The opinion in Mack and Printz v. United States stated, “The Framers rejected the concept of a central government that would act upon and through the States, and instead designed a system in which the State and Federal Governments would exercise concurrent authority over the people. The Federal Government’s power would be augmented immeasurably and impermissibly if it were able to impress into its service–and at no cost to itself–the police officers of the 50 States…Federal control of state officers would also have an effect upon the separation and equilibration of powers between the three branches of the Federal Government itself.”

    “A nation can survive its fools, and even the ambitious. But it cannot survive treason from within. An enemy at the gates is less formidable, for he is known, and he carries his banners openly. But the traitor moves among those within the gates freely, his sly whispers rustling through all the alleys, heard in the very hall of government itself. For the traitor appears no traitor. He speaks in the accents familiar to his victims, and he wears their face and their garments, and he appeals to the baseness that lies deep in hearts of men. He rots the soul of a nation. He works secretly and unknown in the night to undermine the pillars of a city. He infects the body politic so that it can no longer resist. A Murderer Is Less To Be Feared.” Cicero

    “If the machine of government is of such a nature that it requires you to be the agent of injustice to another, then, I say, break the law” Henry David Thoreau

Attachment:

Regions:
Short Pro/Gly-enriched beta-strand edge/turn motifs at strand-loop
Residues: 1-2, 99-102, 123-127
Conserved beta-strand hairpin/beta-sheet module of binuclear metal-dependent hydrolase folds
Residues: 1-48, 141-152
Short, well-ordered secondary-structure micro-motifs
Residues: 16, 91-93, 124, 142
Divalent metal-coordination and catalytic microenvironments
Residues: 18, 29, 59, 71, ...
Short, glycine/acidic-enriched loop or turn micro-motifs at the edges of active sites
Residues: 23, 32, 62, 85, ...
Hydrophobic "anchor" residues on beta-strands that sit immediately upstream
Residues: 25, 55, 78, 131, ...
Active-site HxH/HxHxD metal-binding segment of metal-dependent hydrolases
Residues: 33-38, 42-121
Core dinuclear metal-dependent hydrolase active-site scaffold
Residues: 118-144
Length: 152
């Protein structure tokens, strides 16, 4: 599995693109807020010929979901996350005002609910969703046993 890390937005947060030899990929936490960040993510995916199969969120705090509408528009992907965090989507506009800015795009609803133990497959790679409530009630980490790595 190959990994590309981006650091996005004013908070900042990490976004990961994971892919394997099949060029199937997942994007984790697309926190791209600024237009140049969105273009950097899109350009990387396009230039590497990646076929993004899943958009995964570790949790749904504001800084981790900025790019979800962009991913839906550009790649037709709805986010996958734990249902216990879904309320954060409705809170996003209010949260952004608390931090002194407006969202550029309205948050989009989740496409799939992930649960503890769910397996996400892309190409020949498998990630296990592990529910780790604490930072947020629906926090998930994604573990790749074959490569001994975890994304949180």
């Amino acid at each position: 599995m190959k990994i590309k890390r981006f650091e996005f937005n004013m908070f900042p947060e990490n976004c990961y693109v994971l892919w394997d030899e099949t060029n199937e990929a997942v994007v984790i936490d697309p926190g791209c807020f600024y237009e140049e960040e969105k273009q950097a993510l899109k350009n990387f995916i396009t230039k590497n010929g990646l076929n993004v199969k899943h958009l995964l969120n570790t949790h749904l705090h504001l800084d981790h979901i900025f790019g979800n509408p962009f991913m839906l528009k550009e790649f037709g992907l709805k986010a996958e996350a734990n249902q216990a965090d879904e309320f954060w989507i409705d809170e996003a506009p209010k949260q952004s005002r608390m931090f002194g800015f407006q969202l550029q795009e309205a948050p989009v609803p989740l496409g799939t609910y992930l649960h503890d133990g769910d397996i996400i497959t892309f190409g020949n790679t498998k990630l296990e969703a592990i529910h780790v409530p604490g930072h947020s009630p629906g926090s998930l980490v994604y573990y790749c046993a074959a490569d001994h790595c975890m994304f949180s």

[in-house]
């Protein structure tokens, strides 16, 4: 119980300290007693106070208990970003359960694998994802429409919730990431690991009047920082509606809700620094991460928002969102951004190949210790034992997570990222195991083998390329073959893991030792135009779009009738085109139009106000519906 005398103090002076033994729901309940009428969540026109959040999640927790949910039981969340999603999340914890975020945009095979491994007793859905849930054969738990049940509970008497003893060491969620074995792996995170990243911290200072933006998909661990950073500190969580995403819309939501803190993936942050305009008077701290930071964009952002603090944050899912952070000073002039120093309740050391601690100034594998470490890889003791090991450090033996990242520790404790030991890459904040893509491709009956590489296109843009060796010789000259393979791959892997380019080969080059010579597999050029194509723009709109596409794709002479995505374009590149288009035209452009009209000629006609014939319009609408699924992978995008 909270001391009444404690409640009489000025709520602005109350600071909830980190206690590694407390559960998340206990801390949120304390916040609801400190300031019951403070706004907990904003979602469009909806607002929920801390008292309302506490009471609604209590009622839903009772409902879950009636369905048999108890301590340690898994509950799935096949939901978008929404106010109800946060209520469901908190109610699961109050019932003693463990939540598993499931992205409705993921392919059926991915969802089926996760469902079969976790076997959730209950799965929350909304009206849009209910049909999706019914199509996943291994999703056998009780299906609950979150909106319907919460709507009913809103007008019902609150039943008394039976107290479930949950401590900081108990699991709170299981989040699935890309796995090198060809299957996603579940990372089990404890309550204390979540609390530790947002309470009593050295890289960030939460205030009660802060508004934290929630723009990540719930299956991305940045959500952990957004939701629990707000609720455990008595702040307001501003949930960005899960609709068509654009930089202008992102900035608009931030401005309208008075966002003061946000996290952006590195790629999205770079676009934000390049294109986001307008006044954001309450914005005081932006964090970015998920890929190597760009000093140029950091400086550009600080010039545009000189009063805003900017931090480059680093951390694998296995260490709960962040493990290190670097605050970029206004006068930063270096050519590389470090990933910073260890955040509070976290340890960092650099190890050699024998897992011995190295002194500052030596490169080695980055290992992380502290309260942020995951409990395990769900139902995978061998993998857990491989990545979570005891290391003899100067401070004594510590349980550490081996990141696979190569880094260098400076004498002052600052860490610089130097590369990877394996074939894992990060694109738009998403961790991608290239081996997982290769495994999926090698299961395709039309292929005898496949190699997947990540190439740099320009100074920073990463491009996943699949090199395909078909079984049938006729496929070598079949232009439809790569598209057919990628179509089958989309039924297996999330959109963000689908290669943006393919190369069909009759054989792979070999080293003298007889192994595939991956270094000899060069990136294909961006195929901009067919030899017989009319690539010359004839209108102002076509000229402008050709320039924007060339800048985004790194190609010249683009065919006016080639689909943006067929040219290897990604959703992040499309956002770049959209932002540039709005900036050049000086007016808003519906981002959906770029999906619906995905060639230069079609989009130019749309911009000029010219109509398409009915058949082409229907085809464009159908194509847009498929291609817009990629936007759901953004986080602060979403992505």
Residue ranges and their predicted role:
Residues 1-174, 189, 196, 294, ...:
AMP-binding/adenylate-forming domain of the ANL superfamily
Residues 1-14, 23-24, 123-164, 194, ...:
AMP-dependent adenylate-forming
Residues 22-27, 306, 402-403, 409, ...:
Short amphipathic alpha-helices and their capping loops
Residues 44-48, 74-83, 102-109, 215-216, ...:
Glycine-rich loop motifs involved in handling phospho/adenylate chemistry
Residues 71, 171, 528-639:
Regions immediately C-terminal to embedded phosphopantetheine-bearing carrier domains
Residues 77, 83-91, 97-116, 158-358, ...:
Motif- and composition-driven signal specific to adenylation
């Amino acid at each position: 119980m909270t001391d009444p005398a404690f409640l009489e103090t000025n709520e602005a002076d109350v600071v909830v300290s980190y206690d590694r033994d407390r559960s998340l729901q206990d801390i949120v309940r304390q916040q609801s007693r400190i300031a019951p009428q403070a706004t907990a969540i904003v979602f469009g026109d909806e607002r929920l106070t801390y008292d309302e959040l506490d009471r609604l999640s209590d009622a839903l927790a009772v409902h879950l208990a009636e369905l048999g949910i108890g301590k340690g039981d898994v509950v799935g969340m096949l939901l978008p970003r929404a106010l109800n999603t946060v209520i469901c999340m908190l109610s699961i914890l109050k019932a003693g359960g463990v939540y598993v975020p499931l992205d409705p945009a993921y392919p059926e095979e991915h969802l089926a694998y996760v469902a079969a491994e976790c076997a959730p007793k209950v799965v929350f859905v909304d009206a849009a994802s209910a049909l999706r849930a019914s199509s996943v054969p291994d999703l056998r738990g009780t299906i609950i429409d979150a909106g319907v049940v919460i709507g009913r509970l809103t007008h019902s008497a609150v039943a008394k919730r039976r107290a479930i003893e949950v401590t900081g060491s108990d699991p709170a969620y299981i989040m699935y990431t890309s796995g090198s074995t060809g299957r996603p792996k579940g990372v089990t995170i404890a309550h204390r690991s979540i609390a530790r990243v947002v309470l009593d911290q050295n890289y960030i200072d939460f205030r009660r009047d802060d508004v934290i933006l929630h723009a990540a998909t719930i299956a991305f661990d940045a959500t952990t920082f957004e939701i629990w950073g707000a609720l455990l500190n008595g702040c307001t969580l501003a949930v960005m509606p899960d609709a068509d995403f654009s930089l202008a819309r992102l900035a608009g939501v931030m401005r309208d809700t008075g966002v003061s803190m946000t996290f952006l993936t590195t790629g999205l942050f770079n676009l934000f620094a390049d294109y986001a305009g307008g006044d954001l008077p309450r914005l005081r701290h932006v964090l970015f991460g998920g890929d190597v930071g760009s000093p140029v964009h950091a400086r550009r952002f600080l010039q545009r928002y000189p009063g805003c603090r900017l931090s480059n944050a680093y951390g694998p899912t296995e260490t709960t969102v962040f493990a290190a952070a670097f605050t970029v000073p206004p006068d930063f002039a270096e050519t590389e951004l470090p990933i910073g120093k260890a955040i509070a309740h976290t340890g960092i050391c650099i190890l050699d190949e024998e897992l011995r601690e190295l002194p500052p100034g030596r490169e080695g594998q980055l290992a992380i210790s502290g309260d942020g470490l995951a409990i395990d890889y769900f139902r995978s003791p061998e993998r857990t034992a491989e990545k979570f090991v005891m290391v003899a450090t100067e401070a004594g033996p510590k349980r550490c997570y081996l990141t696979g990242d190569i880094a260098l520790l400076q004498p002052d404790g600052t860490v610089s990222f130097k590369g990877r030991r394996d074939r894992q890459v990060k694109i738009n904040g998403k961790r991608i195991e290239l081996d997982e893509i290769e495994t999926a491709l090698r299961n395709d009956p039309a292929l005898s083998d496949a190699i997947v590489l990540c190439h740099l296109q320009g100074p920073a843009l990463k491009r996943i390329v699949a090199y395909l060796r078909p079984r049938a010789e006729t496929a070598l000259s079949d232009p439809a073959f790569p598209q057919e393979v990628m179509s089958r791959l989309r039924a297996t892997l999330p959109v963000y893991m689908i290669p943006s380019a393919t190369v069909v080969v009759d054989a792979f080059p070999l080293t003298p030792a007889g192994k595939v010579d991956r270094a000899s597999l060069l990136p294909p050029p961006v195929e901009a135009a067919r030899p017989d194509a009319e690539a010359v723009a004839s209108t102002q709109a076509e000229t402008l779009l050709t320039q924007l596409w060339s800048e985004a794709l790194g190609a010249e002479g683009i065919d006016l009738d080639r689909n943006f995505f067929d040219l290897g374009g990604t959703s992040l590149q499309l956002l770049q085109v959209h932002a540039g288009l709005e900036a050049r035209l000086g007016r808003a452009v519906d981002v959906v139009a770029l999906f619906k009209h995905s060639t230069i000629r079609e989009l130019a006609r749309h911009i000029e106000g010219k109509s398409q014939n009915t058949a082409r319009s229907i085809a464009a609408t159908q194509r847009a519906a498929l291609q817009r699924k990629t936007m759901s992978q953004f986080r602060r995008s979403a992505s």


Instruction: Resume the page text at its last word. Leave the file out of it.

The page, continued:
4. You have the wrong focus. Your worst problems are not constitutional they are religious and corporate. First too many people doing two many things in too many geographic areas to get all of them to cooperate rather than compete. Large institutionalized standing armies, navies, marines, air forces, drones,intelligence directed by corporations and warring religions make collecting small arms to defend yourself pathetic. Secondly Climate change. Big energy wants to keep on doing business as usual so it tries to make climate change a myth. People you can see for yourselves the streets are flooding. More than 100 east and gulf coast cities with populations over 100,000 can’t be saved with sea walls and levees. We lose seaports, airports, coastal roadways, underground utilities, all the Nuke plants using sea water as a coolant will be hard to service underwater.We will lose water and sewage treatment, distribution networks. Religions exist to set the rites of passage so that they promote the puritan work ethic and keep you working for a living when you should be preparing to save your family. By 2050 sea levels rise may be four feet. By 2100 we will start measuring it in meters rather than feet and be at two meters. In Maine we are losing the lobster and our fishing industry to warmer waters, and our logging industry to things like infestations of pine beetles, acid rain. In some places we will see drought, famine, plague, pestilence, in others too much water or snow. You can’t defend against hordes of refugees from these conditions with a bunker mentality. Government really has nothing to do with any of this. FEMA is distributing coastal flood plain insurance maps based on the USGS survey data showing where coastal shore front property can’t be saved, won’t be insured, shouldn’t be built and realtors are arguing the data is wrong and should just be ignored. 36,000 miles of coastline running back from the coast anywhere from 6 to 100 miles is affected with a potential cost of tens of trillions of dollars a year for the next century and nobody is doing anything about it except one guy Jim Titus at the EPA who has been quietly organizing efforts to do things since the eighties.